Facebook’s New Privacy Rules and What they Mean for You

facebook logoIn response to the growing concerns over user-controlled content that have spread like wildfire throughout the media and online community, Facebook announced on August 23rd that several new revisions to their privacy policies would be implemented.  The Internet has been abuzz about these new changes and what they mean exactly, though reactions have been less than unanimous thus far. Some of the cool new privacy policies include:

  • Inline profile controls: This change moves your settings to a much more convenient drop-down menu. With the click of a button, you can easily monitor who can see each part of your profile.
  • Profile and content tag review:  The new setting allows you to approve (or reject) all tags before they go public—giving you much more control over information and images posted about you. No more worrying that you’ll be tagged in an unflattering or embarrassing photo for all the (Facebook) world to see.
  • Remove tags or content from Facebook: In addition to profile and content tag reviews, you now have a clearer set of options for removing tags. This includes: removing tags from being visible on your profile, removing the actual tag itself, messaging the photo owner or tagger, and requesting that the content get taken down from the original poster’s wall.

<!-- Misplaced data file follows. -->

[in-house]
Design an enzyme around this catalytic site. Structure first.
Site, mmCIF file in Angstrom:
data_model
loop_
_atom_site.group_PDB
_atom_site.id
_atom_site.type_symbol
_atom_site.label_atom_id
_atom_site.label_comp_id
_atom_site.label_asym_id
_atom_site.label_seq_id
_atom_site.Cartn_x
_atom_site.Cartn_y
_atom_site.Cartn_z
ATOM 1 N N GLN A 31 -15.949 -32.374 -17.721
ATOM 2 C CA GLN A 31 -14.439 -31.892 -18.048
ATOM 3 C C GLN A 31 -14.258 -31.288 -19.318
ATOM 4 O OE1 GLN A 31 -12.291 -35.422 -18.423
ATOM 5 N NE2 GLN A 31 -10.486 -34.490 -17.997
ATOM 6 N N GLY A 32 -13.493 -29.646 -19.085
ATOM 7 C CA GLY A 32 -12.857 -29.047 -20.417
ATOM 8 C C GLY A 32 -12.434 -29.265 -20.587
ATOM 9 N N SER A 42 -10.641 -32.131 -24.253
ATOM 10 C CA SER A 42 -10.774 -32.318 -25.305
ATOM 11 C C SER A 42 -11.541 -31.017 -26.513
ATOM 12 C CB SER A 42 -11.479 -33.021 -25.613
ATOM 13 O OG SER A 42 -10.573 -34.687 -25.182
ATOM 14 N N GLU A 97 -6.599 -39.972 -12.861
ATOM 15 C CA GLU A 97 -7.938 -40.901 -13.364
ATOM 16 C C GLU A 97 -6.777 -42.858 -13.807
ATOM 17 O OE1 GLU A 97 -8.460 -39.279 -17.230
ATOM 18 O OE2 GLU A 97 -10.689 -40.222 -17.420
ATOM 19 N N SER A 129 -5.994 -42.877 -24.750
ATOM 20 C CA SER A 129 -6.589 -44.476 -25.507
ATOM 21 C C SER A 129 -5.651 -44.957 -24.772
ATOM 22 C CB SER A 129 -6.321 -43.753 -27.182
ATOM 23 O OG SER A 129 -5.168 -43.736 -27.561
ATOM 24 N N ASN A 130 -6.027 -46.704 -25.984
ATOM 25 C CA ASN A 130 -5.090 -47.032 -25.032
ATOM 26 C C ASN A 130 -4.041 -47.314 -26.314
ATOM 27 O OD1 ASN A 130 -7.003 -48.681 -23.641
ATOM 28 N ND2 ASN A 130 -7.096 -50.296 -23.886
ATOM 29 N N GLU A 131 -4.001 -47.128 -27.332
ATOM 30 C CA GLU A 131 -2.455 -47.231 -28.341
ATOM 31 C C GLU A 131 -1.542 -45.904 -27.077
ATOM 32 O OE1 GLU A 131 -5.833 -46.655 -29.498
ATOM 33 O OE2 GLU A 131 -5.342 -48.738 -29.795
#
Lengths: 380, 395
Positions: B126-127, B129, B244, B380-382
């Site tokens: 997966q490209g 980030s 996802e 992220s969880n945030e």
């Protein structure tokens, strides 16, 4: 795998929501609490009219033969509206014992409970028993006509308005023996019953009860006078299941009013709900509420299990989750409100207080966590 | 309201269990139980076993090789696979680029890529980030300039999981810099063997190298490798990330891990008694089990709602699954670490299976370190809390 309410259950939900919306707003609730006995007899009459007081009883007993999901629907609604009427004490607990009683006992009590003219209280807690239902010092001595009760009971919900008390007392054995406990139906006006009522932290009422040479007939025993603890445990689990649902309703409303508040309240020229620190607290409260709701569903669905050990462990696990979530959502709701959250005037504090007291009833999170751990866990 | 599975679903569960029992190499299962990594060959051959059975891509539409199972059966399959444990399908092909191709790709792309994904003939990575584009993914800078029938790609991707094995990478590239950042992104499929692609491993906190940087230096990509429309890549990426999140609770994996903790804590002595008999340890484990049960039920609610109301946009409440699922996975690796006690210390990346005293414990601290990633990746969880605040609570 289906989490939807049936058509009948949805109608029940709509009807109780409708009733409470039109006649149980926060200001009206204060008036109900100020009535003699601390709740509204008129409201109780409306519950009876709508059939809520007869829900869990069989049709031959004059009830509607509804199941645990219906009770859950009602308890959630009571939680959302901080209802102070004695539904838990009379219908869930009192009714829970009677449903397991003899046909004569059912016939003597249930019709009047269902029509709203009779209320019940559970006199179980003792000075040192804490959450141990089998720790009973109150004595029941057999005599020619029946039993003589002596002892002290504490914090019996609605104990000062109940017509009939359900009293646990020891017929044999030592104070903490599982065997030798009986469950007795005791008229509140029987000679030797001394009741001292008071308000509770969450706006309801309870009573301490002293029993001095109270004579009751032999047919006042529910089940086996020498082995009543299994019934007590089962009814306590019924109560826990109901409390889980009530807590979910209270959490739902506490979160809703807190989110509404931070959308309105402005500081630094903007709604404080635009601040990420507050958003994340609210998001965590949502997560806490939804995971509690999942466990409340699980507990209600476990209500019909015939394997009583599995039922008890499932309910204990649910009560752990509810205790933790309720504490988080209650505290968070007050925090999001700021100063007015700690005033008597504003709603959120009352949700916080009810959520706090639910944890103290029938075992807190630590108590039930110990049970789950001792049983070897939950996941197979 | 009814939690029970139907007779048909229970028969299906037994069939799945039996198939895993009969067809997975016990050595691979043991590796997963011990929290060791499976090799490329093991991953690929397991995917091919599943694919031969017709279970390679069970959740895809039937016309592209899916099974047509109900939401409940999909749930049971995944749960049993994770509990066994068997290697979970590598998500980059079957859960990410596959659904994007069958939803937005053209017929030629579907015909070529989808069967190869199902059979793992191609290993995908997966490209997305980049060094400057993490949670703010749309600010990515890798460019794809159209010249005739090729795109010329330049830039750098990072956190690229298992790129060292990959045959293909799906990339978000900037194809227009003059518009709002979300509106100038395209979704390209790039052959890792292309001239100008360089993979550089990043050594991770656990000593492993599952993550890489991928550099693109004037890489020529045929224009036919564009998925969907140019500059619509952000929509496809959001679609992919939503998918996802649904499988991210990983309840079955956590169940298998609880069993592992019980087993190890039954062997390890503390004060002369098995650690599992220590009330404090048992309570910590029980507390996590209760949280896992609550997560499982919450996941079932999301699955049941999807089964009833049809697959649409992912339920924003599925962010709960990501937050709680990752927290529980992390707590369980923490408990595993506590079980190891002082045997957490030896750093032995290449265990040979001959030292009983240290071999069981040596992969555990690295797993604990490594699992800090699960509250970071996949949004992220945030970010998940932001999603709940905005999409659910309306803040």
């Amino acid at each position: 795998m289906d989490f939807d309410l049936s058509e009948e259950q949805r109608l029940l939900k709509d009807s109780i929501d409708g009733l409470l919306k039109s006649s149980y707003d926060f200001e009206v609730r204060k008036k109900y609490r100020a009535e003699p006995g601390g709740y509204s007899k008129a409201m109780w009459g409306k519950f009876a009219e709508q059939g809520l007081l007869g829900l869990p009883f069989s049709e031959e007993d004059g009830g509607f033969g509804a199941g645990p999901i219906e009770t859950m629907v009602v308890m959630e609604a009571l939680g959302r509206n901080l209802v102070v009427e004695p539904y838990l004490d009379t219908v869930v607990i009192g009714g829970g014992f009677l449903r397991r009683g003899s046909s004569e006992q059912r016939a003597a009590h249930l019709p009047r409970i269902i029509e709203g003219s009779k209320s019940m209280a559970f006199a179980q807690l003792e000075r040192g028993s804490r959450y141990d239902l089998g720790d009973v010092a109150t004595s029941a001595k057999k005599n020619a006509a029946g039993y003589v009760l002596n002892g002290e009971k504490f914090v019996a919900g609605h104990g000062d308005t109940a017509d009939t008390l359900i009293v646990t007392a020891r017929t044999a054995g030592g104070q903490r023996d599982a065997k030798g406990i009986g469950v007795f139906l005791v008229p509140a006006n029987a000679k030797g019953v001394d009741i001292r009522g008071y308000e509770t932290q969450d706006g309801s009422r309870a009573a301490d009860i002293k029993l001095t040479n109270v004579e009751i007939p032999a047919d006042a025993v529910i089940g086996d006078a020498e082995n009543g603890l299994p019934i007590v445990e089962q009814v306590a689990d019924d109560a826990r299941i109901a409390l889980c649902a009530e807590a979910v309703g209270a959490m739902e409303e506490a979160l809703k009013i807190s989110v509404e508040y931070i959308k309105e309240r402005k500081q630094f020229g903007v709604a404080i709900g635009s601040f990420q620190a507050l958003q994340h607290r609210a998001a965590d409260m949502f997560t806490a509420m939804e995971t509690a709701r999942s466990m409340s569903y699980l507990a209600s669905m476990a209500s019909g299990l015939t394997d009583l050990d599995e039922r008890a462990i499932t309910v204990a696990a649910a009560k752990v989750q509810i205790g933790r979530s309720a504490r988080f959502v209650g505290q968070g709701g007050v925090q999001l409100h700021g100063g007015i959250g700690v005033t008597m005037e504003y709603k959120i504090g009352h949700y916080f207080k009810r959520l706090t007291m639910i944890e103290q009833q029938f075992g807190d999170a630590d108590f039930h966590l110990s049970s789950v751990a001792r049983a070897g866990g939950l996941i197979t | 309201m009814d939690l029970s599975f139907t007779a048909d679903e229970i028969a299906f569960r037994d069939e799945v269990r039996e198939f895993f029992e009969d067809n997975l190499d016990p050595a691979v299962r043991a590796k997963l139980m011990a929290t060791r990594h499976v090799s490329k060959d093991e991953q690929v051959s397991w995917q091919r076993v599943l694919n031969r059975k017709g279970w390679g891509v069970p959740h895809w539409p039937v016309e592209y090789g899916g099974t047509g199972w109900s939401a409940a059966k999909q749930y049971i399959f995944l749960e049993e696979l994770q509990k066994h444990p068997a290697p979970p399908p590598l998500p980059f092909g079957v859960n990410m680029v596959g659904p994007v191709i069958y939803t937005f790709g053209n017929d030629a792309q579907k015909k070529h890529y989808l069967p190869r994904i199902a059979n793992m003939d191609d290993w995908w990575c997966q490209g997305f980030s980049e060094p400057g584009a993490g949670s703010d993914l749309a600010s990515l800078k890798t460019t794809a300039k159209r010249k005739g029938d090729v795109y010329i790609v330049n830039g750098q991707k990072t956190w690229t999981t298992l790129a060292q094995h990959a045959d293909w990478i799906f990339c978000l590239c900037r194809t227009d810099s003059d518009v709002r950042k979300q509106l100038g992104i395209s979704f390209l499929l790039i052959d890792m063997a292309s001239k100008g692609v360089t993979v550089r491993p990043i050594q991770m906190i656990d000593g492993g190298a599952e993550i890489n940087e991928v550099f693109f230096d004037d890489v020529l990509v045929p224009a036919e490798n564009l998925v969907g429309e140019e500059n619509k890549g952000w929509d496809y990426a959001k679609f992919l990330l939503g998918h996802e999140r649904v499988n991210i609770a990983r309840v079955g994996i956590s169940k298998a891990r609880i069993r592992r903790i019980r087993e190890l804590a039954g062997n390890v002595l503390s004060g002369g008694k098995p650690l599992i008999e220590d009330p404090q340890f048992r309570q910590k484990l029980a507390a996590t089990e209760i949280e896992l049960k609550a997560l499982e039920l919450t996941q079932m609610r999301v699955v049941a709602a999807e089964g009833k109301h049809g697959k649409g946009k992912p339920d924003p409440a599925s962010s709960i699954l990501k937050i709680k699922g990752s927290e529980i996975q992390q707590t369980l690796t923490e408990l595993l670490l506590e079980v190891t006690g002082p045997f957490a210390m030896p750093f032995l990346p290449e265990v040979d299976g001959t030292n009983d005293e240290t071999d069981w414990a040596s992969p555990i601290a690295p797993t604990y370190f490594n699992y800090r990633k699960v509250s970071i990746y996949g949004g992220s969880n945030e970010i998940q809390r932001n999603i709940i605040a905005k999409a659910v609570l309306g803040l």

• Tag who you’re with, or what you want to talk about: This allows you to tag any person or page on FB without having to friend/like them, pending the other user’s approval of the tag first.
  • Tag locations in posts: You can now add your location to a post/comment/photo/tag from any device, instead of having to “check in” from a smartphone.
  • View profile as: The tool for seeing how your profile appears to others is much more accessible now.
  • Word change – “Everyone” to “public” A slight change in wording clarifies exactly who will be seeing public posts.
  • Change your mind after you post? You can now retroactively change who can see your updates after they’ve been posted, even older posts from months to years ago.

The resulting changes certainly make for a much more streamlined experience for users, yet the praise has not been universal either.  What are your thoughts? Do these new policies make you feel better about your Facebook experience, or is it simply “too little, too late?” Sound off with your opinions below!